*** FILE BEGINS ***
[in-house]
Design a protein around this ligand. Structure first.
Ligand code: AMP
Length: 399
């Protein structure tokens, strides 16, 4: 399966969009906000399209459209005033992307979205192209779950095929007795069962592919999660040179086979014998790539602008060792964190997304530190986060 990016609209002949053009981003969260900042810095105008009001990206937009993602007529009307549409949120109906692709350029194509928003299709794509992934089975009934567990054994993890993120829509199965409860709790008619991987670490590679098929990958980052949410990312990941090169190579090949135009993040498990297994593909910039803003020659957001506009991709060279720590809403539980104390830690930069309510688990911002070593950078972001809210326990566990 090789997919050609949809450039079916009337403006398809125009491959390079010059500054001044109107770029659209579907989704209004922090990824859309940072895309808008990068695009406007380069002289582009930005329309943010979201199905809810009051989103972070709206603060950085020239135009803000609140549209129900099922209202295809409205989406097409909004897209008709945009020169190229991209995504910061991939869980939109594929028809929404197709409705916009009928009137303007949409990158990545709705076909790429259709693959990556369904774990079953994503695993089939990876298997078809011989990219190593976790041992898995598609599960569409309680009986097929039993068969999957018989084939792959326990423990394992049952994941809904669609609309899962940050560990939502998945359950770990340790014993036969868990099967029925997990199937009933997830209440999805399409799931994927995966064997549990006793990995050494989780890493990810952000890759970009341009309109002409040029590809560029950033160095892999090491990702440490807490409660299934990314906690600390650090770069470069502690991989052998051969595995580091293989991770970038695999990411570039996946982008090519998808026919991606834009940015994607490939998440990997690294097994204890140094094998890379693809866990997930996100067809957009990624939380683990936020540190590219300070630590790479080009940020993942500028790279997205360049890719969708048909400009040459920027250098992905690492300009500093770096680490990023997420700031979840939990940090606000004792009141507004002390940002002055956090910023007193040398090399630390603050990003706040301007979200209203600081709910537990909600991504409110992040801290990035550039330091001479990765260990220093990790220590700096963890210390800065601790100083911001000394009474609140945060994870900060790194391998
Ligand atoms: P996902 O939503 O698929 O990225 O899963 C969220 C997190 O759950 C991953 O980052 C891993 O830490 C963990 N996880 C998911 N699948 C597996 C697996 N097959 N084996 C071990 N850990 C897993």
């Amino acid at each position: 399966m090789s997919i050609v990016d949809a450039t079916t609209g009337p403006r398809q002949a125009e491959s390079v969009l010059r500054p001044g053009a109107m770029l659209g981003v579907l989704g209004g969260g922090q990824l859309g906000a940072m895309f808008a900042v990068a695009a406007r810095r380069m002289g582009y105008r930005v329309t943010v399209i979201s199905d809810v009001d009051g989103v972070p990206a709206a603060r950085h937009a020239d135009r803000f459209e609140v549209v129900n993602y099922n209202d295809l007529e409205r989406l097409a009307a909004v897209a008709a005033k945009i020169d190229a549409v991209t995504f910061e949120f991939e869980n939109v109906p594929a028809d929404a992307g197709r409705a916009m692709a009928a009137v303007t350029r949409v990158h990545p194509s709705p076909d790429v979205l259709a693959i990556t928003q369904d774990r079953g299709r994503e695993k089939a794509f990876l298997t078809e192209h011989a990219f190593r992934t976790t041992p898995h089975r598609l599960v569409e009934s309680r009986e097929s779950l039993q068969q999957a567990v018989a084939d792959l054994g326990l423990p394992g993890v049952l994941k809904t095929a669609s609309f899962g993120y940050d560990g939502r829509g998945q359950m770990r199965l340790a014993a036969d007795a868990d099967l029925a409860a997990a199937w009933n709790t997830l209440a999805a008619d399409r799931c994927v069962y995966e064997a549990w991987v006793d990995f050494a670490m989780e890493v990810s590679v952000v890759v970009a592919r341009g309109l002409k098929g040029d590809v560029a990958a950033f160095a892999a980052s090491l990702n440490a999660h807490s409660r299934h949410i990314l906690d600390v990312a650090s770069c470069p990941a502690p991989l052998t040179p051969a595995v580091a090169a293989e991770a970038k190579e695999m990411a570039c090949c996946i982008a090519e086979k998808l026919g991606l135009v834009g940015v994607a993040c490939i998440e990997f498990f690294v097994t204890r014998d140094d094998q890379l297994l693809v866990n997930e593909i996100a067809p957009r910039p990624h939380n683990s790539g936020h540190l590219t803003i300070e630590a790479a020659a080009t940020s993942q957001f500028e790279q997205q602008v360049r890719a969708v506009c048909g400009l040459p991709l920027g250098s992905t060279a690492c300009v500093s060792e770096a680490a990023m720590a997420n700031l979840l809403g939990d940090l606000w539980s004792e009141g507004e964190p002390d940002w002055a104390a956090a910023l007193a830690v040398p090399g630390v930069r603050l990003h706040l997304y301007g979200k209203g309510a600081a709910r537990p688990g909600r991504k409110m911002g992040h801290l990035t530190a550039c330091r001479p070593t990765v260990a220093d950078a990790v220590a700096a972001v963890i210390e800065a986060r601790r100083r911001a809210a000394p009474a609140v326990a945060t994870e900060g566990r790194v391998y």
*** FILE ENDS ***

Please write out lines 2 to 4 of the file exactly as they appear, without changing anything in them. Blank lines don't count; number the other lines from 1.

Design a protein around this ligand. Structure first.
Ligand code: AMP
Length: 399